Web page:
Monthly zonification of surface biophysical features of Gulf of Mexico using a dynamic classification approach of satellite derived information

Abigail Uribe1, Raul Aguirre-Gomez1, Rainer Ressl2, Eduardo Cuevas-Flores3 and Jorge Zavala-Hidalgo4, (1)Posgrado en Geografía, Universidad Nacional Autónoma de México., Facultad de Filosofía y Letras., Mexico, D.F., Mexico, (2)National Commission for Knowledge and Use of Biodiversity, Geomatics, Mexico City, Mexico, (3)CINVESTAV, Laboratorio de Percepción Remota y SIG, Merida, Yuc., Mexico, (4)Universidad Nacional Autonoma de Mexico, Mexico City, Mexico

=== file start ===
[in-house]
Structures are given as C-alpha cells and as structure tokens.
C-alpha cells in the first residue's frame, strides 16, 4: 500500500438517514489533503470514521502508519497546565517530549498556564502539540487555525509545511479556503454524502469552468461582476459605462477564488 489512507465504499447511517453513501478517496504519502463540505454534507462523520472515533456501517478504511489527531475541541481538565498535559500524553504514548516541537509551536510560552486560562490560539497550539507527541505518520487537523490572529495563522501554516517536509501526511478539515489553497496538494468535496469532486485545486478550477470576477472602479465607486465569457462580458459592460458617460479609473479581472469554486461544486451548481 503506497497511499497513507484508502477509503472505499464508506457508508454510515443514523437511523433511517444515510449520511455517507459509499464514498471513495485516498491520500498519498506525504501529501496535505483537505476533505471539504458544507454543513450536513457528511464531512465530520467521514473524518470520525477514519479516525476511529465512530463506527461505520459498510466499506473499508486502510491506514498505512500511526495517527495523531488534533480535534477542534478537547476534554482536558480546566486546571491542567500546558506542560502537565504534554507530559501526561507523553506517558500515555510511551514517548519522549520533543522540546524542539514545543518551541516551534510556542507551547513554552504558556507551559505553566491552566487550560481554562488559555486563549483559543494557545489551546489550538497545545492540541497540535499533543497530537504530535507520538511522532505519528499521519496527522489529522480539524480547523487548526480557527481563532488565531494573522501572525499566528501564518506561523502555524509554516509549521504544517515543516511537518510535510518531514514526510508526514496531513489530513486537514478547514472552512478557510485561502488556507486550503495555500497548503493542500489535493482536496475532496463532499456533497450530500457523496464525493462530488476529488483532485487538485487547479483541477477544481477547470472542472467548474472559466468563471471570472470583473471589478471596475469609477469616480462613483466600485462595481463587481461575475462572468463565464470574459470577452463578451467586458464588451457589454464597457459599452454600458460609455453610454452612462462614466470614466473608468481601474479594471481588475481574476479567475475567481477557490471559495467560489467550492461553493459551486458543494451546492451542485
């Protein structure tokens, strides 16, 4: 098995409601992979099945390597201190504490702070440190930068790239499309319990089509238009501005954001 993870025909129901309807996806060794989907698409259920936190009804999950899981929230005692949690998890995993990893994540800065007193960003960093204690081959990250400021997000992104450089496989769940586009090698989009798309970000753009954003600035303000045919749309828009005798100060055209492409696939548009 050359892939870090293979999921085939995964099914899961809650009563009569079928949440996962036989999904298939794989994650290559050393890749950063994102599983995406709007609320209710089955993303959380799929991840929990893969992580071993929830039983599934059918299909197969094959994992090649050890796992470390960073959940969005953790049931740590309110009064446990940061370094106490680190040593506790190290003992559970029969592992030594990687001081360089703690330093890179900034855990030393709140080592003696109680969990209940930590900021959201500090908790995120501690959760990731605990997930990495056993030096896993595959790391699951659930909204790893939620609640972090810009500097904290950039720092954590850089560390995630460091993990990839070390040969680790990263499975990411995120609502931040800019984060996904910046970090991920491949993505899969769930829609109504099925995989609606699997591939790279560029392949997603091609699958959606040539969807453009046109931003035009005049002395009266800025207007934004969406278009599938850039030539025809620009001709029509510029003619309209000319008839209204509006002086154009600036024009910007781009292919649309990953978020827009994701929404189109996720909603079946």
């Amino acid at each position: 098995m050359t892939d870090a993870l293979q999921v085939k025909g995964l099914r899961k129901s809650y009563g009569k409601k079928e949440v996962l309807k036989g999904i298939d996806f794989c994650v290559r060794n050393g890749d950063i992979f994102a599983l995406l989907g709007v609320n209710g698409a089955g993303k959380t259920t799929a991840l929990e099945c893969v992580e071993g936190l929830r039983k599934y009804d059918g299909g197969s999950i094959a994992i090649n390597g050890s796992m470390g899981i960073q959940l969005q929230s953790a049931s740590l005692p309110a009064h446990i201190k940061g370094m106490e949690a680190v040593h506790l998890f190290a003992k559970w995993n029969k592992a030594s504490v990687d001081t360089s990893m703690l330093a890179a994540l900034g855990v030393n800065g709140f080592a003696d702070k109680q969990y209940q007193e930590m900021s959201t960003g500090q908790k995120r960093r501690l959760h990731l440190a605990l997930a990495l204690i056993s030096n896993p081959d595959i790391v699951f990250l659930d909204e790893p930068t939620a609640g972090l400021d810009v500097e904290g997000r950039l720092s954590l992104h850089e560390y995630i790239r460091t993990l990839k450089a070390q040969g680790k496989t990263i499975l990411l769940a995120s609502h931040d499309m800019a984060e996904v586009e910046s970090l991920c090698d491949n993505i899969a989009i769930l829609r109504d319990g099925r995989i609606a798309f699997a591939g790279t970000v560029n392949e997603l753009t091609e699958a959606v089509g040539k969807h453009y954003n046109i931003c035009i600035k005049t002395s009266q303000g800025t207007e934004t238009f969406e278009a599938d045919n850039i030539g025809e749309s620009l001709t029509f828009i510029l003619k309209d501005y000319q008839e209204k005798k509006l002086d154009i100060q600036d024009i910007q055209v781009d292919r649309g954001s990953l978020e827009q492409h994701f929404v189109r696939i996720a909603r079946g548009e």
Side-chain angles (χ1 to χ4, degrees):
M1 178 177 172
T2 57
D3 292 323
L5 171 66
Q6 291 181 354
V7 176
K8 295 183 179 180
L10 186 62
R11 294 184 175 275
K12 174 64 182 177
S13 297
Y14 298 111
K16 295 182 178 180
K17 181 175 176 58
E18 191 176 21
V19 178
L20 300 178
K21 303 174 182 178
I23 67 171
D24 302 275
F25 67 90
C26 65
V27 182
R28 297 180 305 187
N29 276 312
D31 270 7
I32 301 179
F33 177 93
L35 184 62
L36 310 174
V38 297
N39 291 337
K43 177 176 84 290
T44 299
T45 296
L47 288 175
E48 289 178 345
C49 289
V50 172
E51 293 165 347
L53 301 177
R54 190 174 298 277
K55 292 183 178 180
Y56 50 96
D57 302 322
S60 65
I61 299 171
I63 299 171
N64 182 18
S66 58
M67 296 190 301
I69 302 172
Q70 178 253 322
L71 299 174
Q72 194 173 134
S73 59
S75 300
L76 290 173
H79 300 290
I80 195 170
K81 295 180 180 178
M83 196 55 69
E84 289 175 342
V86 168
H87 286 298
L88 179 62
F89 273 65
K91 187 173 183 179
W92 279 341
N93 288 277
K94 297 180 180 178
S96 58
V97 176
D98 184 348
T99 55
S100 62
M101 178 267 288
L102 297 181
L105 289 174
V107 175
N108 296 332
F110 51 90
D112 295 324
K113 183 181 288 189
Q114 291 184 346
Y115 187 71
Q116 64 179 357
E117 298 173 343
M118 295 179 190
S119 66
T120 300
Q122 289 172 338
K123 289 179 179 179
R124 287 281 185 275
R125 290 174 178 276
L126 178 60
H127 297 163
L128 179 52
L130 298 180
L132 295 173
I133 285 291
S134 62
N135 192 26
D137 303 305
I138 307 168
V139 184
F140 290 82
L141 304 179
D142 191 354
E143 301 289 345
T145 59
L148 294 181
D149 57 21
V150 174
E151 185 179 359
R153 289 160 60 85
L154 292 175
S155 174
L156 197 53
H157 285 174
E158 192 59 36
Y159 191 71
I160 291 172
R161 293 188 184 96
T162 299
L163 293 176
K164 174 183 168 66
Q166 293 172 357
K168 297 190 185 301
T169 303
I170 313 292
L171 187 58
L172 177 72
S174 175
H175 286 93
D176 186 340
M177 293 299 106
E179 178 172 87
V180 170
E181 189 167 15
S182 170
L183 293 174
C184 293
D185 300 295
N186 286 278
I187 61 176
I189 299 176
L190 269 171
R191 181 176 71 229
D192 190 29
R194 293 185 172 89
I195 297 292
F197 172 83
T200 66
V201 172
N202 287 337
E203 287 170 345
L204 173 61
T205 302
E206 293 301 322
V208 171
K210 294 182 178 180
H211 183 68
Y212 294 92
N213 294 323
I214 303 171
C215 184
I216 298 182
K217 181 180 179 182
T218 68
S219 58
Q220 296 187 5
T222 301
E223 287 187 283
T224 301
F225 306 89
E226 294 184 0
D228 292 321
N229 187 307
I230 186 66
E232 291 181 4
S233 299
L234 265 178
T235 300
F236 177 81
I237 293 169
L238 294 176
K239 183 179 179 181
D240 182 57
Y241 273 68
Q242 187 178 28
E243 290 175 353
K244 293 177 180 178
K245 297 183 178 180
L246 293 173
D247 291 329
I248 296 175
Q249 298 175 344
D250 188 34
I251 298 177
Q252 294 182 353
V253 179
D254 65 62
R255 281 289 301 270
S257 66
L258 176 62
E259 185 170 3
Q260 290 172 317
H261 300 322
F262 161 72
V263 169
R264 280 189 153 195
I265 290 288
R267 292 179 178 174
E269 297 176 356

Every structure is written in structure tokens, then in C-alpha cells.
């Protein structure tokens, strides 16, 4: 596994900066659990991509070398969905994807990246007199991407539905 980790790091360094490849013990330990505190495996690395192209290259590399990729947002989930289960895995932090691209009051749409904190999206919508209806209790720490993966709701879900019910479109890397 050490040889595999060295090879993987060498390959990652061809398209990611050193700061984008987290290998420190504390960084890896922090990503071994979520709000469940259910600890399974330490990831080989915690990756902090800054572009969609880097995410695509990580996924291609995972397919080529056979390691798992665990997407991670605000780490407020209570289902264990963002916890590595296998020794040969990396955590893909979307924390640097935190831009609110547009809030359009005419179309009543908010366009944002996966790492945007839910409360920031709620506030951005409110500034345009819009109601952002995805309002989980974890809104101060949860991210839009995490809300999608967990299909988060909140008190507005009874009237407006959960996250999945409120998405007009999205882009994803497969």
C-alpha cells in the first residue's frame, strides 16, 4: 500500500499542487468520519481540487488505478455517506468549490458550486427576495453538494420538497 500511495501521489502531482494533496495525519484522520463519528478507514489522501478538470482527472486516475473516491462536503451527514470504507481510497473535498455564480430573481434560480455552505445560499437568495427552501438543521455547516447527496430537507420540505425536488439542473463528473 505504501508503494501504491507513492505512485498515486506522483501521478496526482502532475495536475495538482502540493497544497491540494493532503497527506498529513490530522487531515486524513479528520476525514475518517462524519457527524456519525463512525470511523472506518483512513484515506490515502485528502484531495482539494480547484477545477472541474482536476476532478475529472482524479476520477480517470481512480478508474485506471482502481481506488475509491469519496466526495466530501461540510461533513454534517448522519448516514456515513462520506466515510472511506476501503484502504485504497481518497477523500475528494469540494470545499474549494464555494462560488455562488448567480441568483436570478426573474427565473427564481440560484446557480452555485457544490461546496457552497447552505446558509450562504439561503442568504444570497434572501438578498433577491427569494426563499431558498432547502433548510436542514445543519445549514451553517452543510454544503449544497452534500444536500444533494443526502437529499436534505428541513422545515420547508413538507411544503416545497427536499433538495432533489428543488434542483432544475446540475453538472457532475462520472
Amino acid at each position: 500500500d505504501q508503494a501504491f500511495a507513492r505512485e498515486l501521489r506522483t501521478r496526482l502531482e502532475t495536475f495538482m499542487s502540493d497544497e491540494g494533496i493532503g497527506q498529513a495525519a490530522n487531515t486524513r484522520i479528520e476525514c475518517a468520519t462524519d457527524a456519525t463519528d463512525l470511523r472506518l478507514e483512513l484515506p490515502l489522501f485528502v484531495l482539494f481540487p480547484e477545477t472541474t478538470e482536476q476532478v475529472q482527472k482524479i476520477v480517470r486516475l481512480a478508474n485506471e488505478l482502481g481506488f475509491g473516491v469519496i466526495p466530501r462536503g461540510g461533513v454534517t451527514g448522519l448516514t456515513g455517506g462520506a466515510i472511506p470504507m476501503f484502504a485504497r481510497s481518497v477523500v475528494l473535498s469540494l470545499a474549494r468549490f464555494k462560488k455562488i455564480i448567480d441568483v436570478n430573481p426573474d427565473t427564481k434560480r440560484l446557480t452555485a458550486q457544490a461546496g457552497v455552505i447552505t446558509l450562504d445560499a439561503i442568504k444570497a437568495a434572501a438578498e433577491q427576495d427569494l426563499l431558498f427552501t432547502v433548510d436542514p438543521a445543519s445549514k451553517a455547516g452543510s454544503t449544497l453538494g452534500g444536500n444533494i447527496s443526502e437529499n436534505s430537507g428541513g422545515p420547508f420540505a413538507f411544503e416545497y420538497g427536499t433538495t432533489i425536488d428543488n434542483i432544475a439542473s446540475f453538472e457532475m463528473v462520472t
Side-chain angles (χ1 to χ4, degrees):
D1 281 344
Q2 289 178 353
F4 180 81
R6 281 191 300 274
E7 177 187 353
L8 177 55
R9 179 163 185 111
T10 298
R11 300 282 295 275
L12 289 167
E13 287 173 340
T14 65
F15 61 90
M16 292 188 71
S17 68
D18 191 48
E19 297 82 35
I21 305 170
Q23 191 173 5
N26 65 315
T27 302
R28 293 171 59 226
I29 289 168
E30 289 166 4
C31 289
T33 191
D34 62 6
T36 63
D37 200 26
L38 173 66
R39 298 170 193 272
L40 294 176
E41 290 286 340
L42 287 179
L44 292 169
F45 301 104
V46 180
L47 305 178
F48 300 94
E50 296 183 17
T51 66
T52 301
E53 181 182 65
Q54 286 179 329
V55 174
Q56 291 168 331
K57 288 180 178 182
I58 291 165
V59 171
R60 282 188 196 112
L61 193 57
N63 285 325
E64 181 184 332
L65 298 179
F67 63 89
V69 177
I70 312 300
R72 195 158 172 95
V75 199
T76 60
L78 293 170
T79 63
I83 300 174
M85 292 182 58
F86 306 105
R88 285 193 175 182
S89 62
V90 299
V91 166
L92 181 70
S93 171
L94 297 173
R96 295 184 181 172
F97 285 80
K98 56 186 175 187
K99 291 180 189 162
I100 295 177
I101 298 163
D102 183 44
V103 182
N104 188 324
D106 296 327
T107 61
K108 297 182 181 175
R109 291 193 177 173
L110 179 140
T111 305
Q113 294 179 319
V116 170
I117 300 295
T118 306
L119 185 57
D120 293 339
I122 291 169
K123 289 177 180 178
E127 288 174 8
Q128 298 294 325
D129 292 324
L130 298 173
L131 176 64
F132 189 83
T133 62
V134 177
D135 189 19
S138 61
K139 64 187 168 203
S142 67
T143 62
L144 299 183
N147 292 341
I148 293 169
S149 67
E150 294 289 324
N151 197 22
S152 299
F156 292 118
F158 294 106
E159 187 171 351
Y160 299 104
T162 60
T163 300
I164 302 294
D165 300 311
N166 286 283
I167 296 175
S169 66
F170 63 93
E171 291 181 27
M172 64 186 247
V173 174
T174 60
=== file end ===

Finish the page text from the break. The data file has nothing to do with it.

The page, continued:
The Gulf of Mexico (GoM) is a partially isolated sea with oceanographic features typified by biophysical attributes that influence complex environmental process in the region. It is one of the Large Marine Ecosystems of the world, which main force is the intensive fishing and heavy oil production. The main inflow into the GoM is provided by the Yucatan Current, a warm water current that flows from Caribbean Sea in a northward direction. It forms the loop current which represents the main circulation feature in the Gulf of Mexico. The GoM also has the influence of several river discharges and other coastal aspects. The form and extension of all these features varies strongly across the year. The objective of this study was to delimit superficial marine zones with distinctive oceanographic characteristics in the area. Monthly climatologies (2003 - 2013) of Sea Surface Temperature (SST), Chlorophyll-a (CHLO-a), Chlorophyll Fluorescence (FLH), Absolute dynamic topography (ADT), surface winds (SWds) and geostrophic currents (GC) were analyzed, using a semisupervised classification approach in order to obtain biophysical zones throughout the year. Fourteen different superficial zones were differentiated. Monthly differences in observed zones extension were detected, which are evidence of intra annual variability. The biggest zone observed was the North of GoM, characterized by SST and ADT lower than the rest; it becomes bigger during winter and narrower during summer. The Yucatan and Lazo Currents were divided in 2 different zones each, defined by their velocity and direction. The former zones get larger during summer months, while the latter change along the year. The coast of Mexico showed 4 and 5 zones; they are characterized by their biological attributes, and they change in form and extension or even disappear throughout the year. The central area of GoM is differentiated by eddies detached from Lazo Current. It is also possible to distinct the Florida Current, two different Caribbean zones and two Atlantic zones. This study contributes with a distinct methodological approach, and it is a basis for future analyses to recognize spatial inter annual variations.